2 Experimental and Analytical Methods

2.1 Test Specimens

We used commercially available ALPORAS (Shinko Wire Company Ltd.) as the aluminum foam.[22] Cubes of 25 × 25 × 25 mm3 were cut from a large ALPORAS block by wire electrical discharge machining (EDM) and used as test specimens. Figure 1(a) shows an external view of an ALPORAS specimen used in a compressive test. In all, 12 test specimens were used. The specimens had porosity p ranging from 88.0 to 90.2 pct, calculated from the dimensions and weight of each cube.
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Fig. 1

(a) ALPORAS specimen used in compressive test. (b) Two-dimensional cross-sectional X-ray CT image of ALPORAS specimen. (c) Voxel model of ALPORAS specimen. (d) Enlarged voxel model of ALPORAS specimen around pores

2.2 X-Ray CT Imaging Method

X-ray CT imaging was performed using an SMX-225CT microfocus X-ray CT system (Shimadzu Corporation). Cone-beam CT was used to obtain 3D images. The image size was 512 × 512 × 480 voxels, with each voxel forming a cube of side 74.6 μm. The X-ray tube voltage was 80 kV, and the X-ray tube current was 30 μA. Figure 1(b) shows an example of a tomographic image obtained by X-ray CT imaging. The white areas are aluminum (cell walls), and the black areas are pores or external air.

2.3 Compressive Test Method[23]

After X-ray CT imaging, the specimens were subjected to compressive testing at a cross-head speed of 5 mm/minutes using an Autograph AG-100kNG universal testing machine (Shimadzu Corporation). At the same time, the deformation behavior of the compressive test specimen undergoing compression was observed by video imaging from a single direction.

2.4 Image-Based FE Analysis Method

An FE analysis model was created by voxel modeling based on the acquired X-ray CT images. VOXELCON 2011 image-based structural analysis software (Quint Corporation) was used for 3D image processing and FE analysis. After layering of the tomographic images to obtain 3D images, a suitable threshold value was selected from a pixel value histogram so that aluminum and pores were distinguished, and image voxels were classified into material voxels and space voxels. X-ray CT image noise was eliminated at this stage by means of a mean filter. The material voxels were then converted into cubic FEs, with one voxel corresponding to one element, to obtain a 3D voxel model such as that shown in Figure 1(c). Figure 1(d) shows a 3D voxel model of the area around pores, which has been extracted and enlarged. It is apparent that each pore is separated by sufficiently fine voxels.

Next, in addition to the voxel models above, the material surface (pore surface) was extracted as an isosurface by means of the threshold value employed for voxel modeling based on the X-ray CT image, and a 3D STL model was created. Individual pore volumes were calculated from this STL model. At this stage, noise was eliminated by a mean filter, after which the pore walls were thickened by two more passes of the maximum filter to prevent the loss of walls thinner than one voxel. Pore volumes were slightly underestimated as a result.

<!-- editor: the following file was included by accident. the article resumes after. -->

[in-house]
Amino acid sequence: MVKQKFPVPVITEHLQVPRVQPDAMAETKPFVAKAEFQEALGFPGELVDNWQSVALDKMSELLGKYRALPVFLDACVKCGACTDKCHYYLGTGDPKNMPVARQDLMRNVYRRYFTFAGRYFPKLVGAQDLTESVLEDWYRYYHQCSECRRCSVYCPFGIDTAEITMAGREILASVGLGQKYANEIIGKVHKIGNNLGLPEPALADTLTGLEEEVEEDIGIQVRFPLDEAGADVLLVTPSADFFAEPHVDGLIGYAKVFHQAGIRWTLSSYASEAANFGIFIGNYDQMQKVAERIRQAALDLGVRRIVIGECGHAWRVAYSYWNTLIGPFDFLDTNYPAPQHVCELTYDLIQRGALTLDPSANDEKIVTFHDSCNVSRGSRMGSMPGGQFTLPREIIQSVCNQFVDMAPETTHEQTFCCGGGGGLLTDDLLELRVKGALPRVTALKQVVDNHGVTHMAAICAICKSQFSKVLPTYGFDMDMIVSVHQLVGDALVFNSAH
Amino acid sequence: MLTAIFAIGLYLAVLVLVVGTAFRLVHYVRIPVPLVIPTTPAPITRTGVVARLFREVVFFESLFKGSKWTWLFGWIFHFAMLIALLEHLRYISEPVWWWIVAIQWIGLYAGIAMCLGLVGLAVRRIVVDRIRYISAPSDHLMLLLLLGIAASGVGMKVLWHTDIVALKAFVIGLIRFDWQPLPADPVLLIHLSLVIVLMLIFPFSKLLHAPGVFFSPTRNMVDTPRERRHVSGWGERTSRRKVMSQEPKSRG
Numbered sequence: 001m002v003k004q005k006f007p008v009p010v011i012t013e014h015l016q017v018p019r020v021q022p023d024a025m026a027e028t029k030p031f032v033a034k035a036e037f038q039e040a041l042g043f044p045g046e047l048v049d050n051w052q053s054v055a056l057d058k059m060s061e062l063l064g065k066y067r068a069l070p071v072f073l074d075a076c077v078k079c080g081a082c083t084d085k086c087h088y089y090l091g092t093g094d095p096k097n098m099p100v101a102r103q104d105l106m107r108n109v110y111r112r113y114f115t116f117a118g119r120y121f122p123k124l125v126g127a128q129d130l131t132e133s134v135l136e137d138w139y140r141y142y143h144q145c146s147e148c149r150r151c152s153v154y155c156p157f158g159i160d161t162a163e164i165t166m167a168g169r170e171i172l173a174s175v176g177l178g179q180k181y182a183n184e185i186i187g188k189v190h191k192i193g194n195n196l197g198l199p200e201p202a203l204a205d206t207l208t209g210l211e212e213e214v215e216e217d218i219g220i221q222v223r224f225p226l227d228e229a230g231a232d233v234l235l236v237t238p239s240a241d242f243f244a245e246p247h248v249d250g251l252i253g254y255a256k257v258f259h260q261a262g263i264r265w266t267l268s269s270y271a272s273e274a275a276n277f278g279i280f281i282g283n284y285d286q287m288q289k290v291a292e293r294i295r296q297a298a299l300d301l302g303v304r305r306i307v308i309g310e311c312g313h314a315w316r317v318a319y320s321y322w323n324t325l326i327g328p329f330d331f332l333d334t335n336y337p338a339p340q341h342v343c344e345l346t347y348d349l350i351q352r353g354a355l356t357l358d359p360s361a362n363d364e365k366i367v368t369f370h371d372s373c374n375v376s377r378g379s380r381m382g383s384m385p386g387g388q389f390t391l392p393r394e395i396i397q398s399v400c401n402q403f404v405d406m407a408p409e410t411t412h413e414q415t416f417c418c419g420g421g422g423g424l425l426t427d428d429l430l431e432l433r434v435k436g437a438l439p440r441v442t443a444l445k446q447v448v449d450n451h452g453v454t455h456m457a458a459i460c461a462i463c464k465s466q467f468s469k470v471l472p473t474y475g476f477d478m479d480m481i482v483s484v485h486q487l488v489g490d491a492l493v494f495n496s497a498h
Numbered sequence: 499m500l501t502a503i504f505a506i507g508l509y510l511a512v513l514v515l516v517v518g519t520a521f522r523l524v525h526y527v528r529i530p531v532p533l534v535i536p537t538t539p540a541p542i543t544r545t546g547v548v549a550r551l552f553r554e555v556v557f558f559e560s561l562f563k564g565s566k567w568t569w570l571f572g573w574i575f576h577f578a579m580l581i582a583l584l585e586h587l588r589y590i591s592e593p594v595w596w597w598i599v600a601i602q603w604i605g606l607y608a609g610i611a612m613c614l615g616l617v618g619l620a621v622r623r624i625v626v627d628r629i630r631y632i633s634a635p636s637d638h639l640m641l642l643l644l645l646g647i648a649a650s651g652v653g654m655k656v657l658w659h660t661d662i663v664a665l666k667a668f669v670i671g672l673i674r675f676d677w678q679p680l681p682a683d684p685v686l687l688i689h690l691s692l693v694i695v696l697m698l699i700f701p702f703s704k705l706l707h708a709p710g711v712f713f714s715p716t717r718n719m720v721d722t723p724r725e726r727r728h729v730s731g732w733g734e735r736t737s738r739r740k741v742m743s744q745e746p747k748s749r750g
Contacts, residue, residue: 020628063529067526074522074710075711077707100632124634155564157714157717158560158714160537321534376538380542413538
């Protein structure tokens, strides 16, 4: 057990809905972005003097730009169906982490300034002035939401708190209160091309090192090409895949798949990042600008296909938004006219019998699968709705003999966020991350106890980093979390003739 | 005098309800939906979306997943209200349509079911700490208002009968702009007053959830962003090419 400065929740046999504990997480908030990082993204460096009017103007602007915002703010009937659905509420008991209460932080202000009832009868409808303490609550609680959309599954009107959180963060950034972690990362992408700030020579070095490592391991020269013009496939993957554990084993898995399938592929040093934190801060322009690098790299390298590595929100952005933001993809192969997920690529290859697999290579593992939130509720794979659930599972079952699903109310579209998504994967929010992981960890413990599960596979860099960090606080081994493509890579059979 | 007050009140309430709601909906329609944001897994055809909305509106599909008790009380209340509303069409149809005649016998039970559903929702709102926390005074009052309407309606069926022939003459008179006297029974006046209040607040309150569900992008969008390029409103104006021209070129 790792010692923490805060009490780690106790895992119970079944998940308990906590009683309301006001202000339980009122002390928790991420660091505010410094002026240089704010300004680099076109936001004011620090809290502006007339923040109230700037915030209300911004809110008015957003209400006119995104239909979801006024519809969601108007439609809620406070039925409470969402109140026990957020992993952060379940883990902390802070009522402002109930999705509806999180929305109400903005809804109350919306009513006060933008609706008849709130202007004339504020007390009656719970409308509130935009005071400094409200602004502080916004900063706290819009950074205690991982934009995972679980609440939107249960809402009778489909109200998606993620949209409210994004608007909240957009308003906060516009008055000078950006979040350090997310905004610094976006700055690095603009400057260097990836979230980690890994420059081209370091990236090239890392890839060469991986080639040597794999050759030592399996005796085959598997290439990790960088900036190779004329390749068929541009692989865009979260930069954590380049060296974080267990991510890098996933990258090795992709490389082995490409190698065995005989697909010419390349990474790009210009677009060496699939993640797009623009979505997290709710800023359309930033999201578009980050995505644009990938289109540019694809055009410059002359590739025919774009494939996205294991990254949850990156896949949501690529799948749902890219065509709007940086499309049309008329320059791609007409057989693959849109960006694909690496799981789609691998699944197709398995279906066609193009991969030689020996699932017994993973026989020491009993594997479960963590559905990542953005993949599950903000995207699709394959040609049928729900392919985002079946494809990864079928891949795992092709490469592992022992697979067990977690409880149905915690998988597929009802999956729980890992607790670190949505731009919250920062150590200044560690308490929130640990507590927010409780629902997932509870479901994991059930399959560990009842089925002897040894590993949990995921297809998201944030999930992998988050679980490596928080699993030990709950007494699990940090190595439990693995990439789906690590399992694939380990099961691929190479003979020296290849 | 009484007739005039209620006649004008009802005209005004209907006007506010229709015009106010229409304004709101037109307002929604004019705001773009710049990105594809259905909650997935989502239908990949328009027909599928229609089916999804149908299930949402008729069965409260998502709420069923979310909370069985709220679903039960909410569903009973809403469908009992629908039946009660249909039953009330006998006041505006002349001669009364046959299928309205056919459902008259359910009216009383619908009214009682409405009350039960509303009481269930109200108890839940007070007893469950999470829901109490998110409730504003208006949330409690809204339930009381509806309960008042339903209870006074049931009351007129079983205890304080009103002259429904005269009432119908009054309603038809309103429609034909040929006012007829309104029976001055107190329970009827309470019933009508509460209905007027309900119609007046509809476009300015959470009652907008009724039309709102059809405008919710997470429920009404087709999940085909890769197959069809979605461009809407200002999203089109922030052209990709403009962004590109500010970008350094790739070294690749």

Figure 2 shows the relationship between the pore volume V and the number of pores in a compressive test specimen with a porosity p of 88.9 pct (specimen I). Pores with volumes below 1 mm3 were excluded owing to the limits of X-ray CT precision.[24] This compressive test specimen contained 382 pores with a mean volume of 17.8 mm3 (i.e., a mean pore diameter of 3.24 mm). The specimen contained a large number of pores with a range of volumes, and most of these pores were considered to contribute to the compressive properties of the aluminum foam.
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Fig. 2

Relationship between volume V and number of pores observed in 3D STL model of compressive test specimen of ALPORAS (specimen I)

A completely fixed base surface and 1 mm (4 pct) compression of the upper surface of the test specimen were assumed in the FE model via displacement boundary conditions. A linear elasticity analysis was performed on the cell walls on the assumption that they were pure aluminum with Young’s modulus E = 69 GPa[25] and Poisson’s ratio ν = 0.3.

The resultant stress was evaluated on the basis of the average element stress, but to eliminate the effect of the stress concentration (excessive stress) due to surface irregularities in the voxel model, the stress on each voxel of interest was taken to be the arithmetic mean of the stress of the voxel of interest and those of the 26 surrounding adjacent voxels in 3D space, that is, a total of 27 voxels. However, at areas such as pore surfaces, where voxels were not surrounded by 26 voxels, the mean value only included material voxels. In addition, to alleviate the excessive stress at boundaries generated as a result of the absence of more than half of the adjacent material voxels, a fine one-voxel layer was inserted above and below the compressive surface.

3 Experimental and Analytical Results and Discussion

3.1 Evaluation of Deformation Layers Based on Stress Distribution

Figure 3 shows the compressive test results for specimen I (p = 88.9 pct). Figure 3(a) shows the nominal stress–nominal strain curve obtained from the actual compressive test, Figure 3(b) shows the initial pore structure of the compressive test specimen before compression, and Figures 3(c) and (d) show deformations at compressive strains of ε = 12 pct and ε = 28 pct, respectively. As can be seen, deformation begins in the lower layer inside the red frame. The pores in this layer undergo significant compression, whereas the pores in the other layers undergo slight elastic deformation, which can barely be seen. Subsequently, once the red-framed layer has undergone a certain degree of deformation, the blue-framed layer begins to deform, indicating that the material examined in this study, ALPORAS, undergoes deformation that proceeds layer by layer.